FIGURE 41-3 Variations in right adrenal vein anatomy. A, Territory of potential right adrenal vein confluence. B, Normal (>80%); single vein directly into the inferior vena cava (IVC). C, IVC–renal vein trifurcation. D, Renal vein confluence.E, High single vein into the IVC. F, IVC–right hepatic vein trifurcation. G, Right hepatic vein confluence.
The cortex is approximately 2 mm thick and comprises more than 80% of the mass of the gland. It is made up of three layers (Fig. 41-4). The outer zona glomerulosa is a thin layer of relatively small cells with moderately eosinophilic, lipid-poor cytoplasm. It has an undulating inner border and normally does not form a complete circumferential layer. Most of the adrenal cortex is formed by the zona fasciculata, a middle layer composed of long radial columns of large, clear, lipid-laden cells. The inner zona reticularis is made up of small nests of compact eosinophilic cells. The adrenal medulla consists of clusters and short cords of chromaffin cells, which are large, polyhedral, and packed with basophilic secretory granules. Catecholamines within these granules yield a brown-colored reaction when treated with chromium salts, giving the cells their name. In contrast to the cortex, the adrenal medulla is richly endowed with autonomic nerve fibers and ganglion cells. Sympathetic fibers synapse directly with the chromaffin cells, constituting an interface between the nervous and endocrine systems.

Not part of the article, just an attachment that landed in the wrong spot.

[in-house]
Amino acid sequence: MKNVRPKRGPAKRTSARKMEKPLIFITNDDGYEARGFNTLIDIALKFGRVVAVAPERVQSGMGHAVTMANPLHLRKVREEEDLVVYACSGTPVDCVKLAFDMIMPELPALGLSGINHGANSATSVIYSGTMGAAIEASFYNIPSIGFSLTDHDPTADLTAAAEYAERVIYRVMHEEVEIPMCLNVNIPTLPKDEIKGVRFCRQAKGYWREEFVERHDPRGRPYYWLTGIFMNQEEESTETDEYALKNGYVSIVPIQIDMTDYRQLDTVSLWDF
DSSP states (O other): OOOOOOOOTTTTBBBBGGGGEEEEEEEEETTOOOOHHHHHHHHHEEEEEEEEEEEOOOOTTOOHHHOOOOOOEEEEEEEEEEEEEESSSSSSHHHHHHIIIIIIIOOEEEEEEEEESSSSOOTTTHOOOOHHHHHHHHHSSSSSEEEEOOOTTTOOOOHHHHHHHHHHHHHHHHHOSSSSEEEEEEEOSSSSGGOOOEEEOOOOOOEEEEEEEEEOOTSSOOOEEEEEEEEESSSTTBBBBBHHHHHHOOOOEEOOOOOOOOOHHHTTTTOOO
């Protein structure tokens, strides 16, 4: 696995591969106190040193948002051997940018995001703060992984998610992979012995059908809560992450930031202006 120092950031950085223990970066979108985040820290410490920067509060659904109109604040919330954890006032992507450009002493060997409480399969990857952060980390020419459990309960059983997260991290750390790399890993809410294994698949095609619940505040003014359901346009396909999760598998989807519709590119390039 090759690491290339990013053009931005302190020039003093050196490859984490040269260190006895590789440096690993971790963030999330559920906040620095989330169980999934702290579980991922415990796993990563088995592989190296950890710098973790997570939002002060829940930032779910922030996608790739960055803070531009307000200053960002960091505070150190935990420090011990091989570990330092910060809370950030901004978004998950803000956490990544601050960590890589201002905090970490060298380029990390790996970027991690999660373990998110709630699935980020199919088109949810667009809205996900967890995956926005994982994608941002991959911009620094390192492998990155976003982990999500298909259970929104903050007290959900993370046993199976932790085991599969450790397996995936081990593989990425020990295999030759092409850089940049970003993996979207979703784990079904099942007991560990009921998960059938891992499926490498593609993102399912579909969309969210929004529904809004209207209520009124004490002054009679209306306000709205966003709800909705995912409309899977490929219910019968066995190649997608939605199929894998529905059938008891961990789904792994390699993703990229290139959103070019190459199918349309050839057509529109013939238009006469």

FIGURE 41-4 Normal adrenal histopathology. A, Low-power view showing the adrenal cortex (C) and medulla (M). B, Medium-power view demonstrating individual layers of the adrenal cortex. The thickness of the zona glomerulosa varies along its length (H&E).